“Meals in a Jar” using dehydrated foods

This guest post is by A Richardson  and entry in our non-fiction writing contest.

Someone suggested an article on making one’s own “Meals in a Jar” using dehydrated foods. My general guidelines work like this:

If I want meat included, I use hamburger “rocks” which is ground meat (beef or turkey) which I have browned, rinsed well to remove fat, then dehydrated into little crumbles.

I add my choice of dried veggies, such as onions, tomatoes, peppers, cabbage, potatoes, and carrots. I am careful about the carrots, as those I dehydrate from commercially frozen ones (dump and dry system) take a very long time to rehydrate.

I may choose to add beans and/or grains. If the idea is to make a nearly instant dish, then the beans and grains should also be cooked and dehydrated. Bulgur is pre-cooked.

Otherwise, I like to use those which will cook in twenty minutes or less.

Generally, for beans that means black-eyed peas, green or yellow split peas, or lentils. For grains, I choose amaranth, quinoa, millet, or white rice. or a combination of two or more of them.

Sometimes I also add a small foil packet of bouillon granules or herb or spice mixes as well as salt and pepper.

Maybe I just add a note to cook using canned juice as the liquid.

As an example, just off the top of my head, I might try to make up a pot of senegalese soup, a curried apple soup, without pretense of replicating the original. I would start with half a pint of dried apples and a couple of tablespoons of dried onions, with a bit

of garlic. I would use at least two seasoning packets, one with chicken bouillon granules and curry powder, the other with a bit of powdered milk to round out the flavor of the finished dish. Measurements would be predicated on the expected volume of the final product.

Maybe three cups of water would be needed to both rehydrate and cook the apples and onions to make a pint of soup. So I would need two teaspoons of bouillon granules to make the “cooking broth.” I might also guess that 1 teaspoon of curry powder would be about right.

I would try maybe 1/2 cup of milk powder to be stirred in after the other ingredients have come together. Because I know that curry flavor develops better when the spices are cooked in oil, I might package the curry powder separately with instructions to do just that before adding to the soup. I might also suggest that a few raisins or chopped peanuts could make a tasty topping. Such could be included in its own foil packet in the jar.

You can see that a bit of testing would be needed to make the most of your own recipes. Packing for storage means putting in a glass canning jar or a recycled glass jar with a pop-top type lid. I seal mine by putting the whole jar in a large FoodSaver canister, then vacuuming to seal.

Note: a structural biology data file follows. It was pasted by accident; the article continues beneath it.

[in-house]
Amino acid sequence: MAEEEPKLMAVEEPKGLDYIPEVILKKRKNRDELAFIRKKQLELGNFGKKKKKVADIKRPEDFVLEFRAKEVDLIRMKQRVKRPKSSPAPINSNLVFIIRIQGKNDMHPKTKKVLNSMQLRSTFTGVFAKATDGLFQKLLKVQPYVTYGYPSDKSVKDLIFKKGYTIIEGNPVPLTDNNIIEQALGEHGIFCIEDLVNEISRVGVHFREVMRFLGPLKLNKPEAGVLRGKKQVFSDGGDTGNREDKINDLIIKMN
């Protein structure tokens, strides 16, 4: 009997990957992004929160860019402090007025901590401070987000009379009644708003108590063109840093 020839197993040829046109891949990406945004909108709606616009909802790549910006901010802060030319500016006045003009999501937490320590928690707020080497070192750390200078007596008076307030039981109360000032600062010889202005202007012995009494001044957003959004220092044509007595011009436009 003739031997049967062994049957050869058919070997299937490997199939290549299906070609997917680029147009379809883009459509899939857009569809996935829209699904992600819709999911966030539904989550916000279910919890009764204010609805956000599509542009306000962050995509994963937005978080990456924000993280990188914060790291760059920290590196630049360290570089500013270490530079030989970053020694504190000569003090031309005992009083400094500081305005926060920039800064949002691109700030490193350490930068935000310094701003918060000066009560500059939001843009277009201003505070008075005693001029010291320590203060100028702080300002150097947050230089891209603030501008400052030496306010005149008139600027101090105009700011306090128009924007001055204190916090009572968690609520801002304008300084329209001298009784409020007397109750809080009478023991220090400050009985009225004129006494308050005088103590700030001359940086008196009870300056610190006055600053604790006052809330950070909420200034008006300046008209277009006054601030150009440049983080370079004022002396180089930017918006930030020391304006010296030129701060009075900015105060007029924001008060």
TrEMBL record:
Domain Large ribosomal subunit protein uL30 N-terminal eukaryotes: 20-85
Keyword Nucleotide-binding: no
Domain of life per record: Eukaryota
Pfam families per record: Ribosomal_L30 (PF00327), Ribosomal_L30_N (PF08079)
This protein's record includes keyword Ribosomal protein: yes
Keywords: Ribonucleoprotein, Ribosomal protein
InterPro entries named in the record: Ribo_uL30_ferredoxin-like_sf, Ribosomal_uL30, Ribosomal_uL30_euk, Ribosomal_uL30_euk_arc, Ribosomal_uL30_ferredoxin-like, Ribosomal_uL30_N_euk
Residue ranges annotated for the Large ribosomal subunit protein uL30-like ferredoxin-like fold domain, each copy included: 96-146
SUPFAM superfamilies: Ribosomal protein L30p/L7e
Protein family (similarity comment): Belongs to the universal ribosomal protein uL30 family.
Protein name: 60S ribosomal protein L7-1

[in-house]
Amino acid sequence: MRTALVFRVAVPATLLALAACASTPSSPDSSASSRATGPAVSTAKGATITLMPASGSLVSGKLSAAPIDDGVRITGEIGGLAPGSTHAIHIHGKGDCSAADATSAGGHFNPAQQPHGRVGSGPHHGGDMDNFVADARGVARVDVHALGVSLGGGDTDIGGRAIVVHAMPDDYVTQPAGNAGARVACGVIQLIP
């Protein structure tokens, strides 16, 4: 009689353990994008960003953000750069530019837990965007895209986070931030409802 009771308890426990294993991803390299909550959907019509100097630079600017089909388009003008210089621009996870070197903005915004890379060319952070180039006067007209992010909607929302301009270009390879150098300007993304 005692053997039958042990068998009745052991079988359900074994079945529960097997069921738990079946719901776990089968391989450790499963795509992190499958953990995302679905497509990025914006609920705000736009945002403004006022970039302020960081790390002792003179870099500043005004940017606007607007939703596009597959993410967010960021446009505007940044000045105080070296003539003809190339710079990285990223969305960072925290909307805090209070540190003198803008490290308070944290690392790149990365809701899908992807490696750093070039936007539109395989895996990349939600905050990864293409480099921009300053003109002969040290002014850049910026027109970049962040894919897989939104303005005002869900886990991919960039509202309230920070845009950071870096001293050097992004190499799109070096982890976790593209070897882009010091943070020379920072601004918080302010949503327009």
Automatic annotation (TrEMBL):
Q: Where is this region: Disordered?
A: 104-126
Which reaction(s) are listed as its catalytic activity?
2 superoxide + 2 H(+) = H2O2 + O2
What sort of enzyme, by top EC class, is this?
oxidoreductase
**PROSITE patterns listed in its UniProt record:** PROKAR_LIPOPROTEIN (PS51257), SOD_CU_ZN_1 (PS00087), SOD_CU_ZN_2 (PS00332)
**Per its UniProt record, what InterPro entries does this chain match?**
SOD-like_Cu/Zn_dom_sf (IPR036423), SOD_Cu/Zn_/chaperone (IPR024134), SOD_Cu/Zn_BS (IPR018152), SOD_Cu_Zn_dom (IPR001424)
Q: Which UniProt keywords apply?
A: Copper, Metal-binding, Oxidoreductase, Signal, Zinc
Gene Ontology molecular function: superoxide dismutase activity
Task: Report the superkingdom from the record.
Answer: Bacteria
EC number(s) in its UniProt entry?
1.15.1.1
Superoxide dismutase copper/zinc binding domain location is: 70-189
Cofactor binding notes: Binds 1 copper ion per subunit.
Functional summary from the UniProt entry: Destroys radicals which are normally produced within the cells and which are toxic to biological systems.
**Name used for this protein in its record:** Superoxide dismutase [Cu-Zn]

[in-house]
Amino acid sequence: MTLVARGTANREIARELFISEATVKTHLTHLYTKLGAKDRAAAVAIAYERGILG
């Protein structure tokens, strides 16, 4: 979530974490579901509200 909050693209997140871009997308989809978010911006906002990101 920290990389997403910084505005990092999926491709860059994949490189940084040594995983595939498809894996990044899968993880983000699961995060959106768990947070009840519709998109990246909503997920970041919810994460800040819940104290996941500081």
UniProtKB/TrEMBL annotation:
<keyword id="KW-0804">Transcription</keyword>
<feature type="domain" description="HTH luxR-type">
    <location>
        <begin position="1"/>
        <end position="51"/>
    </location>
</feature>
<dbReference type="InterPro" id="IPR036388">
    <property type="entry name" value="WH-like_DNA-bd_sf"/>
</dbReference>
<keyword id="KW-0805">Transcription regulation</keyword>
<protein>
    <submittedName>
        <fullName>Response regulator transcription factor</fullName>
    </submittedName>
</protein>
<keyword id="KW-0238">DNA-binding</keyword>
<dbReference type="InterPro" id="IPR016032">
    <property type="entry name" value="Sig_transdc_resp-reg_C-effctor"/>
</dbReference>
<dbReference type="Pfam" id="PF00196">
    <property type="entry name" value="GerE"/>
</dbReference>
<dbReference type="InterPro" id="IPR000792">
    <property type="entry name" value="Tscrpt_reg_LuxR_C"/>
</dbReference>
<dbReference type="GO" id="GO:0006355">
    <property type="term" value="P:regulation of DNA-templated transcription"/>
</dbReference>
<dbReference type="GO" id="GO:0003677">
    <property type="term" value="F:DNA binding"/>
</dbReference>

Here’ looking forward to reading your recipe ideas.

This contest will end on February 16 2013  – prizes include:

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About M.D. Creekmore

M.D. Creekmore is the owner and editor of TheSurvivalistBlog.net. He is the author of four prepper related books and is regarded as one of the nations top survival and emergency preparedness experts. Read more about him here.


  1. I really like the idea of meals in a jar. Since I now have a dehydrator, and I like soup mixes, that’s where I’ll start.

    Thanks for the submission.

  2. Thomas T. Tinker says:

    Good one! I wonder if you use a small…. small oxy sorb if that will suck the lid down tight enough? The question should let everybody know just how little I know about canning….. Or would a quart sized maylar be a better option.????

    • I dehydrate all our garden veggies and use quart jars and oxygen abosrbors to create the seal. Works great. For those who haven’t considered dehydrating you would be amazed how much a quart jar will hold. 5 pounds of celery will fill one up 3/4 of the way. A 20 pound bag of potatoes will fill 3 jars.

  3. I just store all my dehydrated components separately and mix and match depending on what I’m in the mood for. Only time I premix stuff is for road trips so I can fix a meal in the thermos and not have to waste driving time with stopping for restaurant grub.

  4. Tactical G-Ma says:

    A Richardson,
    Very good article.
    I hope to make some of my own. Like tommy2rs suggested, I prefer storing the ingredients separately until closer to use. I especially, like the tip for dehydrating the ground meat.

    • mountain lady says:

      I also prefer to store the ingredients separately. I story my dehydrated veggies in pints and vacuum seal the jars with my foodsaver.

  5. Oxygen absorbers work with any jar that has a clean rubber seal. I also take the moisture absorber packs out of medications and vitamins and place a couple of small ones near the bottom of my dehydrated foods. …I put the oxygen absorber near the top after it is well packed, and against the jar side. I have used Jelly jars, from smuckers Bama and Welches..Just protect the inner rubber after you open it…also works with used spaghetti sauce, and mushroom jars. Jars that have strong odors must be cleaned , rinsed and aired …or store products with like scents…ie use tomato sauce jars to store tomato powder in…

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